What Am I Here After?

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Last week, I had an opportunity to look back at an essay I’d written three years ago. I had been so proud of it, otherwise I wouldn’t have submitted it for publication. It got rejected and for good reason. Yikes. Reading that essay was like wandering into a Bed Bath & Beyond store with no idea why I was there.

I meandered into bedding and fingered the high thread-count sheets. Then I zoomed by curtains to the kitchen department where I hefted an anodized skillet. On my way to check-out, I sighted hair products, sniffed scented candles, admired geegaws, and snagged a candy bar. Was that what I was there after? A feel-good candy bar?

Perhaps you know the old joke about people my age. A pastor asks his mid-life parishioner, “Do you think about the hereafter?” and she replies, “All the time. I walk into a room and ask myself, ‘What am I here after?’”

Apparently, my essay was after everything in Bed Bath & Beyond but the kitchen sink.

A popular expression when I grew up in mid-century United States, this cliché often referred to packing one’s suitcase with everything, a Soup-to-Nuts everything meal, or bombarding the enemy with everything you’ve got, including the kitchen sink.

At least in my essay, I had shown that bit of restraint—no sink. But in truth, I cooked up everything I could get my hands on then bombarded my reader with everything I had to say, as if there’d never be another opportunity to get stuff off my chest.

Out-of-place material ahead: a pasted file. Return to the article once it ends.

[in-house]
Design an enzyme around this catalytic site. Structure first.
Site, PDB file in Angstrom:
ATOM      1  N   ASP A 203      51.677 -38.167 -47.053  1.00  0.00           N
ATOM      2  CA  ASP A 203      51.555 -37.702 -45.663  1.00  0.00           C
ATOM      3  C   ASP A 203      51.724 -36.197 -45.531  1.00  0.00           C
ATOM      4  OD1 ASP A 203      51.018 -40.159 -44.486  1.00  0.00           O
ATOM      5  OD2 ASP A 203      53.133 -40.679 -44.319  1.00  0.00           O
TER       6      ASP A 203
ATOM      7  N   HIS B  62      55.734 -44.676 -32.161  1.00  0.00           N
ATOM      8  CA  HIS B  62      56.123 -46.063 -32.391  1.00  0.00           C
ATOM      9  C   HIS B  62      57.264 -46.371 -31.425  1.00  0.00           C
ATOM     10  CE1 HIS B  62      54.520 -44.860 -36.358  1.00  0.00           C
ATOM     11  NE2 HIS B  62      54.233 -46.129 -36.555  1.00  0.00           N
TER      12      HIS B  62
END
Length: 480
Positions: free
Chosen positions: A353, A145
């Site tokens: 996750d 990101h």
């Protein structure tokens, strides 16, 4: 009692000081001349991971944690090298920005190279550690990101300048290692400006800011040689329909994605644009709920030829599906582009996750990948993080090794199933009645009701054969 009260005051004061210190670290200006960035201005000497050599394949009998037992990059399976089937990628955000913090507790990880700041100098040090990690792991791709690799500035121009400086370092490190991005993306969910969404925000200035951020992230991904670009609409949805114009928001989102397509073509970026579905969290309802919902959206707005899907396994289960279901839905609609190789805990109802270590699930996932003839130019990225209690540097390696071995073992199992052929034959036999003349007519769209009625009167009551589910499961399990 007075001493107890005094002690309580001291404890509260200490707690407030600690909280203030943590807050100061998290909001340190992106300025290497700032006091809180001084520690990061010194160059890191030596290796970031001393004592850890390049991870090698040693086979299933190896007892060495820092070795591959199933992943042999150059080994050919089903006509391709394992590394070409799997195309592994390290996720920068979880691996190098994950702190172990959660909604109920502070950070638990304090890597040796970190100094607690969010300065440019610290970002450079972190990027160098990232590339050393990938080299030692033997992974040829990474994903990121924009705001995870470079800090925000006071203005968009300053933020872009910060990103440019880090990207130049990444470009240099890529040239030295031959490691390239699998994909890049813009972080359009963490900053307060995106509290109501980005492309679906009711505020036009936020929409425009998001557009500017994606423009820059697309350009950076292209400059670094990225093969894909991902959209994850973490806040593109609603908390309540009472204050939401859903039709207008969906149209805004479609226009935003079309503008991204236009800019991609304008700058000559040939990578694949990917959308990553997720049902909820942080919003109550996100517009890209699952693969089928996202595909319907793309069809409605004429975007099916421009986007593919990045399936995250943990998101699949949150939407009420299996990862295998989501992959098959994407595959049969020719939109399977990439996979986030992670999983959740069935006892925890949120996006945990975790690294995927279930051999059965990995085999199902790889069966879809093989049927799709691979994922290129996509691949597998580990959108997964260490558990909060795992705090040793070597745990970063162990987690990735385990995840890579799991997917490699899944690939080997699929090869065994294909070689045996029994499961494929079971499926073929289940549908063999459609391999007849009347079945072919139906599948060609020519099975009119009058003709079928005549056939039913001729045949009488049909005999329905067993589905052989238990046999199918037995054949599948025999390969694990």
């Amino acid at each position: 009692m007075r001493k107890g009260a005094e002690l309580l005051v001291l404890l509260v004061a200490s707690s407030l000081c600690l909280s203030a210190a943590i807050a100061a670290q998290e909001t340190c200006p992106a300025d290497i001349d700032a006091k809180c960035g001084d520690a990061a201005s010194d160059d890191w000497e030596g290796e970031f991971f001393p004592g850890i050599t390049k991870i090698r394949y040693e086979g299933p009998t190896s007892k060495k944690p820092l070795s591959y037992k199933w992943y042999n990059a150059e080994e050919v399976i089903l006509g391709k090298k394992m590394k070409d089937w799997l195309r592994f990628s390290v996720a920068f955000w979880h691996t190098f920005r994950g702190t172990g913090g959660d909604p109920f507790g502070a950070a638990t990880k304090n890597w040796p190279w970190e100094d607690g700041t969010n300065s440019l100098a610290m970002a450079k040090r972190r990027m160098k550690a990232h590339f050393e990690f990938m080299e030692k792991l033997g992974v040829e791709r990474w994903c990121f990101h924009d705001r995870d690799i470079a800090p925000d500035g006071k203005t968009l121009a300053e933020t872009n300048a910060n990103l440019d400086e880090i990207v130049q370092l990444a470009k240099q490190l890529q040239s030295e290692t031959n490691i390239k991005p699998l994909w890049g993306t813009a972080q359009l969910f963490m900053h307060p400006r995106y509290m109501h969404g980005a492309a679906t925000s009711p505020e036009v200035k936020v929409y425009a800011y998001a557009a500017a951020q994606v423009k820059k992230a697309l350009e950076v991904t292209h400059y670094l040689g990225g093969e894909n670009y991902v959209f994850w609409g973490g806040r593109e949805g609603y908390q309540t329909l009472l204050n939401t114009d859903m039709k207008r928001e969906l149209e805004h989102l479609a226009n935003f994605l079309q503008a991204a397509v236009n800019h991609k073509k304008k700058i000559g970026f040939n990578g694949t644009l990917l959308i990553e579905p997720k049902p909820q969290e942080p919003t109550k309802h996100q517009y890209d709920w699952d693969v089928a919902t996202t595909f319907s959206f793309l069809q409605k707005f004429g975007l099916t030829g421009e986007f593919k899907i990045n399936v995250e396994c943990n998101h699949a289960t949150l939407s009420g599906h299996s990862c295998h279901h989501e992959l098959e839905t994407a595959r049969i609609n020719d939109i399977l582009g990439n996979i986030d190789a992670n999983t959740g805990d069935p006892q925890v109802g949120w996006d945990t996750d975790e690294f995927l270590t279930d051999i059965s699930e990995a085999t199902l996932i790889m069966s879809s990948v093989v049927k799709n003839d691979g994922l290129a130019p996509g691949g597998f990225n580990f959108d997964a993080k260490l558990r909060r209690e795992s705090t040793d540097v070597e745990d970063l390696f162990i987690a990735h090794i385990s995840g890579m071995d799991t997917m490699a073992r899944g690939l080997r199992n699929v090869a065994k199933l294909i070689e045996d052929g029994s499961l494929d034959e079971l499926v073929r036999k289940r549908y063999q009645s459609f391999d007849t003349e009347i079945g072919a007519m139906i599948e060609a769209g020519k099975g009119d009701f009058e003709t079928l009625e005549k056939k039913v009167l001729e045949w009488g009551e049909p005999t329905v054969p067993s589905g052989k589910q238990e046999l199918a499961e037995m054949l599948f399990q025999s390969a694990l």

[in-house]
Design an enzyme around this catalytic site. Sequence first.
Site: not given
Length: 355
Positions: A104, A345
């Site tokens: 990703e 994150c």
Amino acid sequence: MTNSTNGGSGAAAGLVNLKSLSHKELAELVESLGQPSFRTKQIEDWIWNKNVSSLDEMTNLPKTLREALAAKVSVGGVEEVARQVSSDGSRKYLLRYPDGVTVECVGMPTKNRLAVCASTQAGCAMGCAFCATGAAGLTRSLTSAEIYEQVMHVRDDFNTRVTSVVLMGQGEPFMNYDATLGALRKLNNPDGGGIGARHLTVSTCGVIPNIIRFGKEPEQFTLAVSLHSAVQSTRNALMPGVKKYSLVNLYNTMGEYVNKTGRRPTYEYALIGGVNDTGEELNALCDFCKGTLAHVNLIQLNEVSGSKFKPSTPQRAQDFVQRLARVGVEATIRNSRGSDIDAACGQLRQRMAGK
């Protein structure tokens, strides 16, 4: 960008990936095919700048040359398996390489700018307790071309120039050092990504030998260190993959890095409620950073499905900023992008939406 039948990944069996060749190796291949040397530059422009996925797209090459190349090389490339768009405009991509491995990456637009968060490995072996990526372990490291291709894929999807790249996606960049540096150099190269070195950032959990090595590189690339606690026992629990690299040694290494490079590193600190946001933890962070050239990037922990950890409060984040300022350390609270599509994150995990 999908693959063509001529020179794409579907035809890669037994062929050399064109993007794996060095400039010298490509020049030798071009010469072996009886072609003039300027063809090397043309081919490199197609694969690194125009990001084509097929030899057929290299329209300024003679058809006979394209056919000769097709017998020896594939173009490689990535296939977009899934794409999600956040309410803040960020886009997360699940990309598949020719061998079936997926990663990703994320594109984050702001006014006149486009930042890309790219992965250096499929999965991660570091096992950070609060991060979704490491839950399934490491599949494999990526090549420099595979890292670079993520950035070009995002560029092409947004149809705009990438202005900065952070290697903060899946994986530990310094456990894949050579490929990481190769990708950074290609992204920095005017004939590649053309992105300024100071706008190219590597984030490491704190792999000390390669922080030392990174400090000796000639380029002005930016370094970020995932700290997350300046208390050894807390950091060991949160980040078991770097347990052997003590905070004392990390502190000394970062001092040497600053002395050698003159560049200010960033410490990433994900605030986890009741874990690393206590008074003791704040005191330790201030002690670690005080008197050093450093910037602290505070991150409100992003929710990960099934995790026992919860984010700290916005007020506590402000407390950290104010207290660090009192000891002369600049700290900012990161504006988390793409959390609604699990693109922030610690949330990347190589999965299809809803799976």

Yesterday morning, God sent this timely message from one of my online subscriptions:

Self-awareness is the first thing that will upset the completeness of our life in God, and self-awareness continually produces a sense of struggling and turmoil in our lives. Self-awareness is not sin, and it can be produced by nervous emotions or by suddenly being dropped into a totally new set of circumstances. Yet it is never God’s will that we should be anything less than absolutely complete in Him.

 

That’s what I’m here after. So. I’ve declared a cease fire. When I get back to that essay, I’ll unpack the bulging suitcase and cut the multi-course menu down to one central dish with a few sides. It’s okay for me to wander around in self-awareness while writing a first draft—God expects that. But in order to write something worthwhile, I must ask Him to put His awareness in me.

That’s what I’m here after. Completeness in Him.

 

GardenProduceAug2018P.S. This week’s picture shows our square foot garden’s harvest. More to come. God is good all the time.

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